Using shame or guilt to try to prevent overconsumption of alcohol can actually cause people to drink more, researchers say.
Researcher Adam Duhachek of the Indiana Kelley School of Business and colleagues said that ads that link alcohol abuse to negative consequences like blackouts and automobile crashes in order to elicit feelings of shame or guilt can trigger a defensive coping mechanism. This can lead viewers to believe that bad things related to drinking can only happen to others and can actually increase irresponsible drinking, researchers said.
“The public health and marketing communities expend considerable effort and capital on these campaigns but have long suspected they were less effective than hoped,” said Duhachek. “But the situation is worse than wasted money or effort. These ads ultimately may do more harm than good because they have the potential to spur more of the behavior they’re trying to prevent.”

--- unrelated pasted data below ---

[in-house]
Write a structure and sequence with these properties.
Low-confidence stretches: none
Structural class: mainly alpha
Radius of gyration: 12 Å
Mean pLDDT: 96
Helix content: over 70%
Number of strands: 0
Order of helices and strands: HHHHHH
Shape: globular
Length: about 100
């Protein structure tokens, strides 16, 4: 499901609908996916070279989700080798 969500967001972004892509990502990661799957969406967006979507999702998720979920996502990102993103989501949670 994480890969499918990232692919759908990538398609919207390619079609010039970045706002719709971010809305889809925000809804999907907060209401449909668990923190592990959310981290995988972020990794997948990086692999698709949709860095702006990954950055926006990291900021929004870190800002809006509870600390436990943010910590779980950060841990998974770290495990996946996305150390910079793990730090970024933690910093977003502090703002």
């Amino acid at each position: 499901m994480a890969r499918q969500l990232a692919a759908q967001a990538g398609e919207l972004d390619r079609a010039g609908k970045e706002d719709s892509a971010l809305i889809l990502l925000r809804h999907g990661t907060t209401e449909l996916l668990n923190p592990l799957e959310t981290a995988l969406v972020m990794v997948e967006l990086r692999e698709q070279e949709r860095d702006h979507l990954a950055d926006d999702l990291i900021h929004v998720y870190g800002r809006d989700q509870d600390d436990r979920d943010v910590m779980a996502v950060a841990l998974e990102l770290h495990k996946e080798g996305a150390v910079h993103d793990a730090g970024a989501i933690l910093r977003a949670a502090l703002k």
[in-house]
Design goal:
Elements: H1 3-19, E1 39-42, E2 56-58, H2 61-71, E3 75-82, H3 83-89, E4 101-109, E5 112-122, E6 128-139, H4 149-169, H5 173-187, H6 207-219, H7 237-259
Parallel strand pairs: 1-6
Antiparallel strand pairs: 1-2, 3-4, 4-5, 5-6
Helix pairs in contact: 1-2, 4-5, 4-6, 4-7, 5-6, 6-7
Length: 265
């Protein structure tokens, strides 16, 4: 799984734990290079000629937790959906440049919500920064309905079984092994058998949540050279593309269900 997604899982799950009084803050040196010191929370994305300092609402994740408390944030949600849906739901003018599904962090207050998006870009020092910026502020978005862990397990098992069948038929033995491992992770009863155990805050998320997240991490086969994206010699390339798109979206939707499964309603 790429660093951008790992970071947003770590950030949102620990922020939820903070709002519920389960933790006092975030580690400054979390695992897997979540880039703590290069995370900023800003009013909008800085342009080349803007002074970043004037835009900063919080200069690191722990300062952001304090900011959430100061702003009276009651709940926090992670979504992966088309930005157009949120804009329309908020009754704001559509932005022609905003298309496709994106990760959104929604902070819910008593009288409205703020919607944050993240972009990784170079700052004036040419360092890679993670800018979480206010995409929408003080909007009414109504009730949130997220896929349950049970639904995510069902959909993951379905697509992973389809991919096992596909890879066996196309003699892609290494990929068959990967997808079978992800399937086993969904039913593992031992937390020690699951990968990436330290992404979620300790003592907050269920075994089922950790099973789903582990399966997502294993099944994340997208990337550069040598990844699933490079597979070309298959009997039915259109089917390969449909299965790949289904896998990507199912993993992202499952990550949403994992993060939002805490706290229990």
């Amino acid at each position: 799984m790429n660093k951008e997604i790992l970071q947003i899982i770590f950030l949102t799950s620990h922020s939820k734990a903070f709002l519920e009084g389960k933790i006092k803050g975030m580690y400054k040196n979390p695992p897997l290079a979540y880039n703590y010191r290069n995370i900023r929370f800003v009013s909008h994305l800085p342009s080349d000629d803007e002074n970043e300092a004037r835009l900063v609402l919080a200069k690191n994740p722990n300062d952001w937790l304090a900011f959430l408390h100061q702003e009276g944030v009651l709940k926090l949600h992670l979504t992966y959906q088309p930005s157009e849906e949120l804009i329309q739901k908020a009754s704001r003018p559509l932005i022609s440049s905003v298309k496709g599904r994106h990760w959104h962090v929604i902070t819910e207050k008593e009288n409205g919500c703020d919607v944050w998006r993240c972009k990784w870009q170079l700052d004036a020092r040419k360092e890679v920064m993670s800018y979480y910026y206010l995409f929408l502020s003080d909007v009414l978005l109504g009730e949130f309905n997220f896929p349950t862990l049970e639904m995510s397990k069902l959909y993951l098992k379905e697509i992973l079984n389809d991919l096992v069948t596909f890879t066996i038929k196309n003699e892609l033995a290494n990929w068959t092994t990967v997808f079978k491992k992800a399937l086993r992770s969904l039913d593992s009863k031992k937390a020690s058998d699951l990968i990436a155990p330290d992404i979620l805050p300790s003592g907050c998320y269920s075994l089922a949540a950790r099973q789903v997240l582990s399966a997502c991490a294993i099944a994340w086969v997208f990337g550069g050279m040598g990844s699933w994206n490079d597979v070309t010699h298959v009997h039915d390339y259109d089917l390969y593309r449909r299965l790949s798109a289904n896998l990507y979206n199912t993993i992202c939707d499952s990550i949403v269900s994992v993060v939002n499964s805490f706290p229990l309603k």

A better approach might be to educate the public about the negatives associated with drinking but link that message to one of empowerment, said Duhachek. “If you’re going to communicate a frightening scenario, temper it with the idea that it’s avoidable,” he said.
The study will be published in the Journal of Marketing Research.